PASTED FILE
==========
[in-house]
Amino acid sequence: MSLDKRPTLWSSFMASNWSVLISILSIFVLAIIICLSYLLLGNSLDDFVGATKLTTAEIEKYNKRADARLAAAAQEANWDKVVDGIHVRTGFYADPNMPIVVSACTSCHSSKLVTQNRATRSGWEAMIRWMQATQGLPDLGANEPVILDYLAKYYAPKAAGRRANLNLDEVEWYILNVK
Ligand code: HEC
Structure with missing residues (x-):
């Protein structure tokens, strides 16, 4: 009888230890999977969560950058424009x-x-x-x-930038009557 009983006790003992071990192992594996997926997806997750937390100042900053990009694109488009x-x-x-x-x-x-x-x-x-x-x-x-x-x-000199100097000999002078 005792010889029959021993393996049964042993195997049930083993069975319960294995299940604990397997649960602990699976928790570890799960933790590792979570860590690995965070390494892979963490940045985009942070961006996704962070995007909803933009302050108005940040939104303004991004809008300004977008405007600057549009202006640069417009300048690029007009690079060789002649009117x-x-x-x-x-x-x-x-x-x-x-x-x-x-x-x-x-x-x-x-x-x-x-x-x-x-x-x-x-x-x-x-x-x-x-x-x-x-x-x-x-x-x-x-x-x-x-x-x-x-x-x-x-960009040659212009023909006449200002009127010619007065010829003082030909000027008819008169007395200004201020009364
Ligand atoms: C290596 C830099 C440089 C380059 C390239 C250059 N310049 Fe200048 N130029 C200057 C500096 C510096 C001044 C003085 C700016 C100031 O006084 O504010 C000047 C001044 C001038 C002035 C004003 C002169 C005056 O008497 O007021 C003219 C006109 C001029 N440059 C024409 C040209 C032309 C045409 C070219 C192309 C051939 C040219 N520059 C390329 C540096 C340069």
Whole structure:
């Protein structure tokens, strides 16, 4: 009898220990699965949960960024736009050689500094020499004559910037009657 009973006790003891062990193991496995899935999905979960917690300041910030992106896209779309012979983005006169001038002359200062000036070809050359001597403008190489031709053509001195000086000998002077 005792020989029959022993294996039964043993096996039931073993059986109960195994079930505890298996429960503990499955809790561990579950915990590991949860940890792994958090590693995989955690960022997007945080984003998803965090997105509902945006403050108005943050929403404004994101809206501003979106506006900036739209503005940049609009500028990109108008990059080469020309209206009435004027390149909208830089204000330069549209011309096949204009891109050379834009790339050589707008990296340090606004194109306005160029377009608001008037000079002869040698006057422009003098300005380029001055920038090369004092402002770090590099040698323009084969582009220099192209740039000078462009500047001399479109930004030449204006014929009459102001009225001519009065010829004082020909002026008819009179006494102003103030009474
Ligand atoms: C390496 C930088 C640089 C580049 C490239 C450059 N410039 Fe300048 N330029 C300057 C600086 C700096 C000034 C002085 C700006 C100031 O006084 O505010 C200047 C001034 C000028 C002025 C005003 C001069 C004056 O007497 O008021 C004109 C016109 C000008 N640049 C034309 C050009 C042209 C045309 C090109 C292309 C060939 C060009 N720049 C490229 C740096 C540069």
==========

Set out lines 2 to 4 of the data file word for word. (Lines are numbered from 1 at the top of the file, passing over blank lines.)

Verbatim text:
Amino acid sequence: MSLDKRPTLWSSFMASNWSVLISILSIFVLAIIICLSYLLLGNSLDDFVGATKLTTAEIEKYNKRADARLAAAAQEANWDKVVDGIHVRTGFYADPNMPIVVSACTSCHSSKLVTQNRATRSGWEAMIRWMQATQGLPDLGANEPVILDYLAKYYAPKAAGRRANLNLDEVEWYILNVK
Ligand code: HEC
Structure with missing residues (x-):